In 1919, the Rowlatt law came into effect that enabled the government to put people in prison without trial. Gandhi and the Congress party organized mass protests. All towns and villages were on strike and the government decided to declare a state of emergency. In Punjab, during a peaceful protest, the Slaughter of Amritsar took place where, according to official sources, 379 civilians were killed by the army. Other sources hold it to more than 1000 victims. This slaughter caused enormous trauma in the country and anger and violence could not be suppressed.
In protest, Gandhi returned his Kaisar-i-Hind granted in South Africa to the British-Indian government.
In 1946, Gandhi rejected the British government's proposals. He did not agree that the Muslim League would divide India into Muslim and Hindu states. Congress accepted the proposal against its advice. The Congress not only wanted to take over the power of the British as quickly as possible, but also had little interest in forming a coalition with the Muslim League. After much consultation, Gandhi finally gave permission to divide the land.
The division of the British Indies into a Muslim and Hindu state resulted in a large displacement of people, because many villages and towns had a mixed population, and was the cause of much violence. Between 1946 and 1947, an estimated number of one million people died as a result of violence between religious groups. The new Muslim country was created from areas in the east and west of India. Called West Pakistan and East Bengal, it was to fall apart in 1971 into two states: Pakistan and Bangladesh.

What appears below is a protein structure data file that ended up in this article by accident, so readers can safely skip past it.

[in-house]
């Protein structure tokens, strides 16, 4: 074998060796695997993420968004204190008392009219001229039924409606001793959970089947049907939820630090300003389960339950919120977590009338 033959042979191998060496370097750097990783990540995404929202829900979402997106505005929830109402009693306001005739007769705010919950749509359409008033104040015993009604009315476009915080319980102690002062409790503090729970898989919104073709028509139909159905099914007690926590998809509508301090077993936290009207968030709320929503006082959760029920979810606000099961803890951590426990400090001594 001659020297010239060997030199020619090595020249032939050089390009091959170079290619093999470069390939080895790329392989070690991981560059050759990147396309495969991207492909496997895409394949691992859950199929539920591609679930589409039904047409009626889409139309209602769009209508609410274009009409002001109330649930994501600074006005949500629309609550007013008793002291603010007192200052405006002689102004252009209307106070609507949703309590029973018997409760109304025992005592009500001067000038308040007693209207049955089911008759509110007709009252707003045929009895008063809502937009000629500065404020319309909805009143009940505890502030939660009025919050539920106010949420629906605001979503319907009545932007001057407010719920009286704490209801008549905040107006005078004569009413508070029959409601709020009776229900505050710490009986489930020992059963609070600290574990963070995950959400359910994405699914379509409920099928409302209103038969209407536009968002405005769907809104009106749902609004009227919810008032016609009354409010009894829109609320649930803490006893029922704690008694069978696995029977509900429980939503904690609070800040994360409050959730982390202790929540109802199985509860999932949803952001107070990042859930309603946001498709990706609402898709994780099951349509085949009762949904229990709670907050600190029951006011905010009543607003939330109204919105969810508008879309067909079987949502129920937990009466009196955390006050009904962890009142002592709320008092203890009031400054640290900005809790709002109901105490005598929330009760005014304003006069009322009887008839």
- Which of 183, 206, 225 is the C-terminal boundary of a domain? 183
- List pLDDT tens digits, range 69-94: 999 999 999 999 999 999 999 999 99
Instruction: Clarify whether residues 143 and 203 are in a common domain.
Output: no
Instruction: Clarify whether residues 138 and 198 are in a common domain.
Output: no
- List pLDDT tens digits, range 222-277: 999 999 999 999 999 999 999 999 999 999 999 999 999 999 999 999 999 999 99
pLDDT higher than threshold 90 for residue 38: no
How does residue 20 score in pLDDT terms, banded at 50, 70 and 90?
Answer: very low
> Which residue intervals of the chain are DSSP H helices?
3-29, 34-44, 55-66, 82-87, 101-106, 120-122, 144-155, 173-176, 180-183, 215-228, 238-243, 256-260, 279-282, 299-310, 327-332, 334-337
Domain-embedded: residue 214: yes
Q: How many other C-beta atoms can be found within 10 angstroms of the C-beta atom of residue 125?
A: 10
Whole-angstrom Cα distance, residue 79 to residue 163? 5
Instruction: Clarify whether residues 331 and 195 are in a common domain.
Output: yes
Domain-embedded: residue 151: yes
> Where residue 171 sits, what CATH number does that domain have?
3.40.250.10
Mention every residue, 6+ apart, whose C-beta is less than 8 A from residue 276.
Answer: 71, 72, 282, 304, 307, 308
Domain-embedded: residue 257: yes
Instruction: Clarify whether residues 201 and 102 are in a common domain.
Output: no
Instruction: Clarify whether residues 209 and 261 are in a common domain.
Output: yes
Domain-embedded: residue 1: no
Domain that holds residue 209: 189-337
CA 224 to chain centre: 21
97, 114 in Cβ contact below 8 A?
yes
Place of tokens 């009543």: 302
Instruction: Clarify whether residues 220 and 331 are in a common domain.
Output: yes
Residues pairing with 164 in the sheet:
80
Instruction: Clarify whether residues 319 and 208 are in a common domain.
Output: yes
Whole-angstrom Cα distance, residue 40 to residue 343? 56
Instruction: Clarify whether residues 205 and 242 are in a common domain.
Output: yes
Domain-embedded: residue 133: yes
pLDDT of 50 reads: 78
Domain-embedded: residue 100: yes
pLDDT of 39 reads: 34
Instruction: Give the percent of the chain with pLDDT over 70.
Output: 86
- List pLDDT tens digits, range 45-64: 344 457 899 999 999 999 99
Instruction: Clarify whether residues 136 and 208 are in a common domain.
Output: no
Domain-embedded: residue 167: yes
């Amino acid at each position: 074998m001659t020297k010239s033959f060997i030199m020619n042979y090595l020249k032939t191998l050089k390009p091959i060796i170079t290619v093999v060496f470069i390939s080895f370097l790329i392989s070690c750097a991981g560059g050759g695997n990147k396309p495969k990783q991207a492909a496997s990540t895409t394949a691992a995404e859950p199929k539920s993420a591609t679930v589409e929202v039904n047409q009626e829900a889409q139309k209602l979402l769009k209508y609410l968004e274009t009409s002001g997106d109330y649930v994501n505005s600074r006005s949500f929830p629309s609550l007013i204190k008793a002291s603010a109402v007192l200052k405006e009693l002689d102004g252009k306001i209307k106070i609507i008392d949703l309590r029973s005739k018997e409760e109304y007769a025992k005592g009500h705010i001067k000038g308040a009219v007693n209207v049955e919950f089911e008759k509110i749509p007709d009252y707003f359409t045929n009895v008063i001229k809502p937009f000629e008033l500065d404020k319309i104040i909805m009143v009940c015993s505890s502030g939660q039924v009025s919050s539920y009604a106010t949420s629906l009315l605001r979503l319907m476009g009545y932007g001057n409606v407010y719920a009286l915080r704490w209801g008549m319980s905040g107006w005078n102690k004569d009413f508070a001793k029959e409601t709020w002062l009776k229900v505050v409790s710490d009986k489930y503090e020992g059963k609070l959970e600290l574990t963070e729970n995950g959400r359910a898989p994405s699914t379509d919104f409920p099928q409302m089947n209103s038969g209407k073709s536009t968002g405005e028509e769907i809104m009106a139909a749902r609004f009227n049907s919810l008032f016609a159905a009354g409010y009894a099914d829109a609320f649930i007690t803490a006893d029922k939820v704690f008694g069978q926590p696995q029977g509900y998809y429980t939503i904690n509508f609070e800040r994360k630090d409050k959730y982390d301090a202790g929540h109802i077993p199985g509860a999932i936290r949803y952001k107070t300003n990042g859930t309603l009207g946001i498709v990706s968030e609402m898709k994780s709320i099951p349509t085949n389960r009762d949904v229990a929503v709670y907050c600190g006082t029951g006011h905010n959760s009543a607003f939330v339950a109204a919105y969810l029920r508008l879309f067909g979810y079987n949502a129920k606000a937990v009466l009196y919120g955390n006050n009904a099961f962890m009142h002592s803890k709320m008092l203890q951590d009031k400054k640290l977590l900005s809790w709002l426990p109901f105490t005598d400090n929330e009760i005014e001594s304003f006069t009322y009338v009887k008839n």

Gandhi did not celebrate independence, but spent the day in Calcutta where he mourned the division and tried to find a solution to the violence between the two groups.
Murder of Gandhi
On January 30, 1948, Gandhi had to go to a meeting in the Burma House about the splitting of Congress in the afternoon. Gandhi wanted to prevent this and also wanted to resolve the disagreements between Nehru and Patel, minister of New Delhi. Patel agreed with his decision to let the split of Congress stop for a short time.
4:00 pm: Gandhi was still negotiating with Patel.
5.10 pm: Gandhi was late for his daily prayer. Abha and Manu, second cousins of Gandhi, accompanied Gandhi to his prayer room.
Nathuram Godse approached and took his gun from his coat. Manu saw that. Godse then pulled Manu away from Gandhi and shot it in the chest three times. The last two words of Mahatma Gandhi were: Hai Ram ("O God").
5.17 pm: Gandhi lay dead on the ground.
The next day a million people came to New Delhi to say goodbye to their Mahatma. A sea of people followed the funeral procession. They made a joint trip on foot from Birla Bhavan to Raj Ghat, a distance of approximately 9 km.